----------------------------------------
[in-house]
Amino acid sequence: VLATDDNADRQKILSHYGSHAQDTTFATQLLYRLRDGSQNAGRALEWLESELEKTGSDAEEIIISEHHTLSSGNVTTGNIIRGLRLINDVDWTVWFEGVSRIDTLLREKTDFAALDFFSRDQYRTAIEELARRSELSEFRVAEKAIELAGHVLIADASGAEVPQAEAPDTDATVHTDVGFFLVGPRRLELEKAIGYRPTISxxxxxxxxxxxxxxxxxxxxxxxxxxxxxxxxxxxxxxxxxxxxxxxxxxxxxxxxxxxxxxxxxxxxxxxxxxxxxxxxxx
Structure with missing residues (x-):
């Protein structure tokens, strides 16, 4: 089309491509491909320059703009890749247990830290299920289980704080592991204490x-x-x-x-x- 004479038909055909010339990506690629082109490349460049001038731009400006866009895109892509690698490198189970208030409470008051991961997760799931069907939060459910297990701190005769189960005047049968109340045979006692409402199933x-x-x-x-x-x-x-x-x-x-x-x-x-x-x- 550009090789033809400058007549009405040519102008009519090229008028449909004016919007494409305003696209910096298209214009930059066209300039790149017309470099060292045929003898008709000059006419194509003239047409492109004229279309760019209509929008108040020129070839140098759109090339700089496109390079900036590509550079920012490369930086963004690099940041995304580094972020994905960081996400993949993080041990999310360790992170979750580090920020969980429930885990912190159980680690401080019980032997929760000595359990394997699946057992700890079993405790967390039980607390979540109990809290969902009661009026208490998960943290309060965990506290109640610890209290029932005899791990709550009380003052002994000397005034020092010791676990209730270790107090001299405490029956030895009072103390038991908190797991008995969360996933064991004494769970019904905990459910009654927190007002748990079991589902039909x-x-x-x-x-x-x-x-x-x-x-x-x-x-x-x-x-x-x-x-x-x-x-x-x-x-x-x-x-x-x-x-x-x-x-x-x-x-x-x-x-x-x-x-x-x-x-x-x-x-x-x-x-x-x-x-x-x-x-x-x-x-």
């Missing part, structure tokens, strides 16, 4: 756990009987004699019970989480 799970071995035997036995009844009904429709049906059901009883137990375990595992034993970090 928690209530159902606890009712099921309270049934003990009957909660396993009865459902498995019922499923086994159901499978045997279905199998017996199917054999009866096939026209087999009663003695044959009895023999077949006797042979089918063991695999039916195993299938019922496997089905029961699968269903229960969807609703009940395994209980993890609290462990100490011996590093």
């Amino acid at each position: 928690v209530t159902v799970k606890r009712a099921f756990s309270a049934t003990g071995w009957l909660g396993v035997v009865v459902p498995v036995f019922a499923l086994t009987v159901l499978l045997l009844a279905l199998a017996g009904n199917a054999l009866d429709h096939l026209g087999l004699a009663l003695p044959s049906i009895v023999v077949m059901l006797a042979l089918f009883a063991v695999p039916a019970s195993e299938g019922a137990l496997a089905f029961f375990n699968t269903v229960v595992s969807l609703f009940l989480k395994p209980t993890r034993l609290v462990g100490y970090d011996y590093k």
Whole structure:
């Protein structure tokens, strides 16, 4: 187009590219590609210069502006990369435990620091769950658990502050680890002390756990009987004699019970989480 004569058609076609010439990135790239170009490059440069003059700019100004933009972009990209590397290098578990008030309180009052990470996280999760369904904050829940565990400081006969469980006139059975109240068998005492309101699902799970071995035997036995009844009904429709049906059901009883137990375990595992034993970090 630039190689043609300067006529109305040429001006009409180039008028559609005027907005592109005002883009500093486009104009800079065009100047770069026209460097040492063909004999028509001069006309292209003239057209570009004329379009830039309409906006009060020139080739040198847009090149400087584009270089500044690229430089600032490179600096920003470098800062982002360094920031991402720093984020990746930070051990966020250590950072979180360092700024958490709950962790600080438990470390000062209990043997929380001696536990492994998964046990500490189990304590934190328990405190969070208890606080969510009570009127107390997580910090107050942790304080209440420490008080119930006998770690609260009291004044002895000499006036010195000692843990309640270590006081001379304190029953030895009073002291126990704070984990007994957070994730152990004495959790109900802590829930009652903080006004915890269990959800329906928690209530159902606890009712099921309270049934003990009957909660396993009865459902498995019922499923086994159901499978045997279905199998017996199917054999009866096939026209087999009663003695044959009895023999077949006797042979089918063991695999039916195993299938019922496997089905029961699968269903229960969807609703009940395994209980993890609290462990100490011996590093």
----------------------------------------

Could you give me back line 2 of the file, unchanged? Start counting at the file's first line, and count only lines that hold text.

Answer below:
Amino acid sequence: VLATDDNADRQKILSHYGSHAQDTTFATQLLYRLRDGSQNAGRALEWLESELEKTGSDAEEIIISEHHTLSSGNVTTGNIIRGLRLINDVDWTVWFEGVSRIDTLLREKTDFAALDFFSRDQYRTAIEELARRSELSEFRVAEKAIELAGHVLIADASGAEVPQAEAPDTDATVHTDVGFFLVGPRRLELEKAIGYRPTISxxxxxxxxxxxxxxxxxxxxxxxxxxxxxxxxxxxxxxxxxxxxxxxxxxxxxxxxxxxxxxxxxxxxxxxxxxxxxxxxxx